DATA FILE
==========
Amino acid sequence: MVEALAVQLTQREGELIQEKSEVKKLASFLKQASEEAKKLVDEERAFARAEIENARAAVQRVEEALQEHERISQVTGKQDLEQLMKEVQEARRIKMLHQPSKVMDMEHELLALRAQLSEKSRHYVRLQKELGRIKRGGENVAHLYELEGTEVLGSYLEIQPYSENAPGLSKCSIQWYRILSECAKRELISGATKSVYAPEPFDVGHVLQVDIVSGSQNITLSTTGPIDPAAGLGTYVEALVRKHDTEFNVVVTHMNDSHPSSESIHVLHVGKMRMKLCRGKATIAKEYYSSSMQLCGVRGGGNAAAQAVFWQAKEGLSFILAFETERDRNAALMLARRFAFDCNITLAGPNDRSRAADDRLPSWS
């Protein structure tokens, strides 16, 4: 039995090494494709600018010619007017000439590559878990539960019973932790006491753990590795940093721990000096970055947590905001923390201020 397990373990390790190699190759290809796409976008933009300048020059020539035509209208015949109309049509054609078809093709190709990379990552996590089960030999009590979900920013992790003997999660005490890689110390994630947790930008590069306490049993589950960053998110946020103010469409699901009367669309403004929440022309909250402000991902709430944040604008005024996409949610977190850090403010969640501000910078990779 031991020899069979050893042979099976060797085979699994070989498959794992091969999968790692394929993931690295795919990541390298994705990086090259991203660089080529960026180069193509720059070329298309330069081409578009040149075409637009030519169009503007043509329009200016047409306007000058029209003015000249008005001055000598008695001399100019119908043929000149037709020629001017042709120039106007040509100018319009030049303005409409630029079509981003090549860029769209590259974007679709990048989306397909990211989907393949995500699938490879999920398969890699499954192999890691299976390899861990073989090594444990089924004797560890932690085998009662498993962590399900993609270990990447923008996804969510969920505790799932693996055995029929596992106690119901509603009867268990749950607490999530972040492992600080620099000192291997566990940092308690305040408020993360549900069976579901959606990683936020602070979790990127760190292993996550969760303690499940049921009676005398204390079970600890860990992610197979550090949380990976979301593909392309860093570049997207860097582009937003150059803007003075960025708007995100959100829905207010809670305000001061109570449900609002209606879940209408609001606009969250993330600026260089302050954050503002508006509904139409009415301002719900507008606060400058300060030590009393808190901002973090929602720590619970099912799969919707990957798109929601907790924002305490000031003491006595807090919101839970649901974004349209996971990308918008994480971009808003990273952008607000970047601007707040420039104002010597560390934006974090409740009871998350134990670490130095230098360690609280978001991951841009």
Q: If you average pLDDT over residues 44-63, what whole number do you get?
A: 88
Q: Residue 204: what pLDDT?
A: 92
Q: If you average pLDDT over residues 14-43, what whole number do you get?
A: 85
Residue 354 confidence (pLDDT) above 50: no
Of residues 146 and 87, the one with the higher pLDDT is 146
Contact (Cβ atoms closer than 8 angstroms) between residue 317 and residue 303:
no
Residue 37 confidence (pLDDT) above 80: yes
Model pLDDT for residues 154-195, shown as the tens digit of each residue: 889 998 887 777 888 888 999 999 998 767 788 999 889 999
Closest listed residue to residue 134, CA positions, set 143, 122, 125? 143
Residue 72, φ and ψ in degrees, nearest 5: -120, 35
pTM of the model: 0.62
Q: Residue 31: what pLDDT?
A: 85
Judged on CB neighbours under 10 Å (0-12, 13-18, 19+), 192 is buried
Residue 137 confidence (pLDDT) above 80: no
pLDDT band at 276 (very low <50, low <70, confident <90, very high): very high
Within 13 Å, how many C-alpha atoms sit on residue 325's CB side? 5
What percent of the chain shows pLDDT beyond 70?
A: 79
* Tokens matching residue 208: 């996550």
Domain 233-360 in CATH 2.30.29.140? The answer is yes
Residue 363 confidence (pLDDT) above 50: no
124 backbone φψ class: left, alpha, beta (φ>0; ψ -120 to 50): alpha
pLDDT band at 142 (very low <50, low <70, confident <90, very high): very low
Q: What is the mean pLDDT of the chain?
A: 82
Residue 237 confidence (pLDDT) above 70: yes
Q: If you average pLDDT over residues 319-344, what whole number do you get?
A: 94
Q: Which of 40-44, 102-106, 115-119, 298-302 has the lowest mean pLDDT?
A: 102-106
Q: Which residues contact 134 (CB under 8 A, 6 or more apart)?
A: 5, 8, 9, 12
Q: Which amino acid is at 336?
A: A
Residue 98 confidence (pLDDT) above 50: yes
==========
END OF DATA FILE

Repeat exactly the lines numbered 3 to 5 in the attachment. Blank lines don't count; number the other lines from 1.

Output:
Q: If you average pLDDT over residues 44-63, what whole number do you get?
A: 88
Q: Residue 204: what pLDDT?